Simultaneously we must draw down the force. We are on schedule to remove 80,000 soldiers from the active component by FY '17 due to the budget reductions levied by the 2011 Budget Control Act. So far, most of these cuts have come from our overseas formations, specifically Europe. We've reduced our formations by about 10,000 in Europe. In FY '14, though, future force reduction will affect almost every Army and joint installation across the United States as we continue to draw down the remainder of the 70,000. And we will release our plans for these reductions sometime later in June.
The key to the current drawdown is to maintain the right balance, as I said earlier, between end-strength readiness and modernization so we can properly size and have a ready force for whatever the country needs to have done. Such an even-handed approach is the only acceptable one while the world remains such an unstable place. In fact, in my opinion, the most unstable I've seen it in my nearly 37 years of service.
Full sequestration will dangerously steepen that drawdown ramp, and will also require us as a minimum to take out another 100,000 soldiers from the total Army, on top of the already 89,000 that we're taking out. This will result in a 14 percent reduction of the Army endstrength and an almost 40 percent reduction in brigade combat teams. These reductions will degrade support to combatant commanders in critical areas such as missile defense, special operations, cyber, logistics, intelligence, and communications as well. And cuts of this magnitude will leave us with excess infrastructure, making a future round of BRAC essential.
Sequestration will degrade our ability to take care of our soldiers and families who fought so hard and sacrifice so much over the last 12 years. Both those who are leaving the Army and those who are staying in the Army want to continue to serve. Sequestration will make it impossible to execute a responsible drawdown, and it will challenge our ability to support the 2012 Defense Strategic Guidance that we all approved last January.
Looking into the future, we are reposturing our force to be globally responsive and regionally engaged. We are aligning forces to geographical combatant commanders to provide mission-tailored, sized, and scaled organizations for operational missions, exercises and theatre security cooperation activities. For times of crisis, we'll maintain a global response force, capable of conducting forced entry on short notice. We will reinvest in our expeditionary capabilities to deploy forces quickly and efficiently anywhere in the world. And we are refining the integration of our conventional special operations forces and cyber capabilities to ensure we can handle a broad range of emerging threats. In this uncertain world we need an Army that conducts many missions at many speeds, in many sizes, under many conditions.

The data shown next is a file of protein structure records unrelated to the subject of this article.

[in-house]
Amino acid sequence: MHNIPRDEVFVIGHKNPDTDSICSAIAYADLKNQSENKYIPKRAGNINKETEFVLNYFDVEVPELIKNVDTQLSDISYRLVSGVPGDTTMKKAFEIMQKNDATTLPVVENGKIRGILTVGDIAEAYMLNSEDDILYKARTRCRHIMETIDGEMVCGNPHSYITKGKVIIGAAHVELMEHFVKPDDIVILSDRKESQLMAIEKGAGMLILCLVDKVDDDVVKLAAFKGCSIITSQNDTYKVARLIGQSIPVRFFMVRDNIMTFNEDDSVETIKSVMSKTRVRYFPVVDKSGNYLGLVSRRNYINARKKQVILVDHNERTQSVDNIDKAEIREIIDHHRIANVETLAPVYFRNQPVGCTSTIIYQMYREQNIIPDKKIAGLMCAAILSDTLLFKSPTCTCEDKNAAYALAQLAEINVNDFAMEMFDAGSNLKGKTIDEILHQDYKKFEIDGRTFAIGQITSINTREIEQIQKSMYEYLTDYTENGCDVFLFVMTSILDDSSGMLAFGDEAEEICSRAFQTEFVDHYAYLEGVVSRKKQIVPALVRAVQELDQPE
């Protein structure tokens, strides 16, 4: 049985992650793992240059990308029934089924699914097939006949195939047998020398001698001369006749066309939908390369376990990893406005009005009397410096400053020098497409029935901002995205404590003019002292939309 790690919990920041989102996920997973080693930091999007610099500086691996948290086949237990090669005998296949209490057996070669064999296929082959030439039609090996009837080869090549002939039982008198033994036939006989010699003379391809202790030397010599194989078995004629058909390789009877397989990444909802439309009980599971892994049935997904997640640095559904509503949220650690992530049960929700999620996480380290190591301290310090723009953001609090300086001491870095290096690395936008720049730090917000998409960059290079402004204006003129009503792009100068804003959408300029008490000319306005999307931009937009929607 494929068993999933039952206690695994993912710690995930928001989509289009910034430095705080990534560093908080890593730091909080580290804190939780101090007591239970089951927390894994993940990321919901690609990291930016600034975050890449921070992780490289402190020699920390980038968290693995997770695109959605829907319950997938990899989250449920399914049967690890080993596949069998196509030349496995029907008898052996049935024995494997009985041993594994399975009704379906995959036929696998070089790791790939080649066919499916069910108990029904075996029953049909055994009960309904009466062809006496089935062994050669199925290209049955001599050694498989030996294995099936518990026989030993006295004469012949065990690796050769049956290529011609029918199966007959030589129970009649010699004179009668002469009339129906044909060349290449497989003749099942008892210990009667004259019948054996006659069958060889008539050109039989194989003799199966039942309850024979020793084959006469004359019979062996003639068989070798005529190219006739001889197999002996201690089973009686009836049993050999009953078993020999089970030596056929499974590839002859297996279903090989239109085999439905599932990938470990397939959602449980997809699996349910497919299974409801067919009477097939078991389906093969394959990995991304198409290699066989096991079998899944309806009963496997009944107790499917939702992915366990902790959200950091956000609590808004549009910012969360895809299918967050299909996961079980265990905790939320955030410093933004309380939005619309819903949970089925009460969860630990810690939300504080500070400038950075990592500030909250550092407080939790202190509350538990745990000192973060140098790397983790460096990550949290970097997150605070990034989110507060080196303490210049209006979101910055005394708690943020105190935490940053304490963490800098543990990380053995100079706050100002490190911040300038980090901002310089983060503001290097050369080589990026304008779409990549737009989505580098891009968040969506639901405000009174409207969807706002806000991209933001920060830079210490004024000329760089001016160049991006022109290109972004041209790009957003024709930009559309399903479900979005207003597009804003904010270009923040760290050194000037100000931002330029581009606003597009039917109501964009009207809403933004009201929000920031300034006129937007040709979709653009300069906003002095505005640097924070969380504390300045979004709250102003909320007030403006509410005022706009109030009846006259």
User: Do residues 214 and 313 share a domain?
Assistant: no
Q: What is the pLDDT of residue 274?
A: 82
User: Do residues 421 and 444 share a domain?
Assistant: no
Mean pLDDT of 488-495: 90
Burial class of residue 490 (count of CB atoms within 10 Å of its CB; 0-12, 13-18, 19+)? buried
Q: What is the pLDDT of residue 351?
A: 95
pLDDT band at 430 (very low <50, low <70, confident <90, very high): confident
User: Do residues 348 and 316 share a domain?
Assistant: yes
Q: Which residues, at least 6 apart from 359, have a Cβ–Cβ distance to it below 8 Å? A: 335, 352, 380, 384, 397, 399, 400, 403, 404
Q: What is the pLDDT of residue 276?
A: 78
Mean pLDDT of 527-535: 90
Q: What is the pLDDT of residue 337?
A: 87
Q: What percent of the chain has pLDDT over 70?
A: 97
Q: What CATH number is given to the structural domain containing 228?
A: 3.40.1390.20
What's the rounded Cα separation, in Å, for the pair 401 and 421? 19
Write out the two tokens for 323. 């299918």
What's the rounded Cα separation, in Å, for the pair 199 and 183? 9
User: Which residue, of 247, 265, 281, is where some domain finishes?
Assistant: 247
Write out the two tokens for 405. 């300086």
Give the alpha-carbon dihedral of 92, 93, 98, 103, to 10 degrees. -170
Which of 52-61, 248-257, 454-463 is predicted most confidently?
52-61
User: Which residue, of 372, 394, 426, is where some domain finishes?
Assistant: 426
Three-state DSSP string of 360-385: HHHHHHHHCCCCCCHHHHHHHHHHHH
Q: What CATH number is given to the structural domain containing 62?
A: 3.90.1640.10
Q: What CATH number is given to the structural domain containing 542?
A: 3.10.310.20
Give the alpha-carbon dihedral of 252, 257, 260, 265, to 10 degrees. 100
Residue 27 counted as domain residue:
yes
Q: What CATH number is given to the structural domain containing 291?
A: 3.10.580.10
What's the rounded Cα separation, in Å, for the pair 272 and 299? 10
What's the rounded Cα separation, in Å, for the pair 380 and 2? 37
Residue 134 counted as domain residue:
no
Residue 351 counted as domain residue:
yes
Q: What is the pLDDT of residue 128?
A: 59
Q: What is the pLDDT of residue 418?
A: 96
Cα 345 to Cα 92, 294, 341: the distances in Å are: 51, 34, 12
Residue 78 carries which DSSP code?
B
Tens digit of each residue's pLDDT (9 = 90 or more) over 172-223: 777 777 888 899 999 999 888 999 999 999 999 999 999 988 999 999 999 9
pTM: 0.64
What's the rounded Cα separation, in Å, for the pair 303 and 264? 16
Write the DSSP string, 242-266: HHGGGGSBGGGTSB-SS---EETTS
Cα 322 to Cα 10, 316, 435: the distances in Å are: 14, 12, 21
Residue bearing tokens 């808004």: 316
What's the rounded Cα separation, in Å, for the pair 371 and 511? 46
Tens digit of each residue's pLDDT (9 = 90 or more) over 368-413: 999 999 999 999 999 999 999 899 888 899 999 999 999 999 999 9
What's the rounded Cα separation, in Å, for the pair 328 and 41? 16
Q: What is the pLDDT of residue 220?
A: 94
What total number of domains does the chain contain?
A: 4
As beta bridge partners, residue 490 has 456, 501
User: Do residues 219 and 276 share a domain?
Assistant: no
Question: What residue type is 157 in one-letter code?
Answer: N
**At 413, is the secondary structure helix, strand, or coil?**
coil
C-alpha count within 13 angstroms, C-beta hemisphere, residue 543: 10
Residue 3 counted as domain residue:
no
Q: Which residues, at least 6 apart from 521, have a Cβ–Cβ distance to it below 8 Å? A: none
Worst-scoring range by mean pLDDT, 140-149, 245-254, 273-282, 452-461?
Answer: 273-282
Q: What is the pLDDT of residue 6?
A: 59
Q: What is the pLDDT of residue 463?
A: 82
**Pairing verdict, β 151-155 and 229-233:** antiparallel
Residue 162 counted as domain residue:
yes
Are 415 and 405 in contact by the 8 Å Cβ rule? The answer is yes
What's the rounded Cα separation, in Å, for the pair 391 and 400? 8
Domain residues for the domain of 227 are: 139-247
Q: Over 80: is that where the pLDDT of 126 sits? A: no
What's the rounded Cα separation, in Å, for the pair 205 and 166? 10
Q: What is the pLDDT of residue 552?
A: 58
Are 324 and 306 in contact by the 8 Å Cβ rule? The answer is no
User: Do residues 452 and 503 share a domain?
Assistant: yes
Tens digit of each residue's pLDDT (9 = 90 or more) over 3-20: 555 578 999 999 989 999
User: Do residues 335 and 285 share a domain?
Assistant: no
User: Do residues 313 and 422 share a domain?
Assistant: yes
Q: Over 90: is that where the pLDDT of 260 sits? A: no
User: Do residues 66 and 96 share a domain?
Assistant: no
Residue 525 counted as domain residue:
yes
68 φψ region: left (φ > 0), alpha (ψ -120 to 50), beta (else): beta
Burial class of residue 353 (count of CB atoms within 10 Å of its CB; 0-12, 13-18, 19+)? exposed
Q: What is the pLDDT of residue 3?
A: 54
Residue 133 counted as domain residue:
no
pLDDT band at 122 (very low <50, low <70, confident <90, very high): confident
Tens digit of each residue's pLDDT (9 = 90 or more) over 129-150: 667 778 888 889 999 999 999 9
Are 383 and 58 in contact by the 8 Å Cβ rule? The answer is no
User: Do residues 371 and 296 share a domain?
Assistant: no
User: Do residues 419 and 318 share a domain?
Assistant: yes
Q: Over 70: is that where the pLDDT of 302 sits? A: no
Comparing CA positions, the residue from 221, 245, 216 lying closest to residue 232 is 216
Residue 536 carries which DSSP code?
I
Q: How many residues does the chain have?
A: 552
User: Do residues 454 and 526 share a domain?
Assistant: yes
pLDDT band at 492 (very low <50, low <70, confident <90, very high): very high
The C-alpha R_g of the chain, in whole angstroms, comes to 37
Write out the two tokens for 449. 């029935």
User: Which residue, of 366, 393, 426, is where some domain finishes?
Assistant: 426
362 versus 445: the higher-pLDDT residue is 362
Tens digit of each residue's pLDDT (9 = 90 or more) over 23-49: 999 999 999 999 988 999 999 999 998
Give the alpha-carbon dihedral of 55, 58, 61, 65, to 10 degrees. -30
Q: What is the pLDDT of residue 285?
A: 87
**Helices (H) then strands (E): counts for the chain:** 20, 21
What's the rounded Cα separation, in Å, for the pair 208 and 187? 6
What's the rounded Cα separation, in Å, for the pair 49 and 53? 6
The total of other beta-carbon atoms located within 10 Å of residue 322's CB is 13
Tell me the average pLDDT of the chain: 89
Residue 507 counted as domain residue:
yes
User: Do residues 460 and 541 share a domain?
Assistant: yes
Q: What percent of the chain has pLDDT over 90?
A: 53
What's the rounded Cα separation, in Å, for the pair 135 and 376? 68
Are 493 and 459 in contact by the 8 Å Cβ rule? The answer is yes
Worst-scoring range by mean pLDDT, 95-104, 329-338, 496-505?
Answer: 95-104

Going forward, the Army will evolve into a force that can deploy and sustain capabilities across the range of military operations anywhere in the world on short notice. It will have increased flexibility and agility in both its formations and its acquisition systems.
Our modernization strategy will center around the Army's strength, the soldier, making the most discriminately lethal weapon in the U.S. military. We will provide our soldiers with the network connections to give them unparalleled access to information and intelligence so they can make timely decisions. And we will provide our soldiers with the tactical mobility and survivability and lethality to take decisive action no matter what the mission may be.
As we prepare to operate in an increasingly complex and uncertain environment, our number one priority is to invest in our leaders. This spring or early summer we will role out a brand new leader development strategy, which will invest in our soldiers training, education and development. It will fundamentally change the way we train, educate, assign, assess and promote our leaders. And it will be the foundation of our future Army.
We will continue our efforts to take care of our soldiers. Twelve years of war has taught us the importance of building and sustaining the resiliency of our soldiers, civilians, and their families. Just this year we've rolled out the Army Ready and Resilient Campaign, a holistic effort to build emotional, mental, physical and spiritual health of our soldiers will pay dividends in all three components. Caring for wounded warriors and keeping faith with veterans is essential to honoring their service. Our Soldiers for Life Campaign will ensure that our soldiers transition successfully into civilian life and enrich American society with their experience.
With the support of Congress, we'll maintain a military pay and benefits package, including affordable high quality health care that acknowledges the burdens and sacrifice of service, while remaining responsive to the physical environment. Manpower costs make up 45 percent of the Army's budget. We'll need to work together to slow the rate of growth while meeting our soldiers' needs.
We are at a strategic point in the future of the United States Army in our military. We must strike the right balance of capabilities, both within the Army and across the joint force. Our history tells us that if we get out of balance our enemies will seek to take advantage.
Our soldiers are the finest men and women our country has to offer. Since 2001, more than 1.5 million soldiers have deployed and more than a half a million have deployed two, three, four or more times. More than 35,000 soldiers have been wounded, and more than 4,800 have made the ultimate sacrifice to defend this great nation. It is our responsibility to ensure we will never send soldiers into harm's way that are not trained, equipped, well read, and ready for any contingency to include war. It's our responsibility to honor their service and the sacrifices of our veterans, whether they remain in uniform or transition back to civilian life.
Thank you, Mr. Chairman. I appreciate the opportunity to speak to you this morning. I look forward to your questions.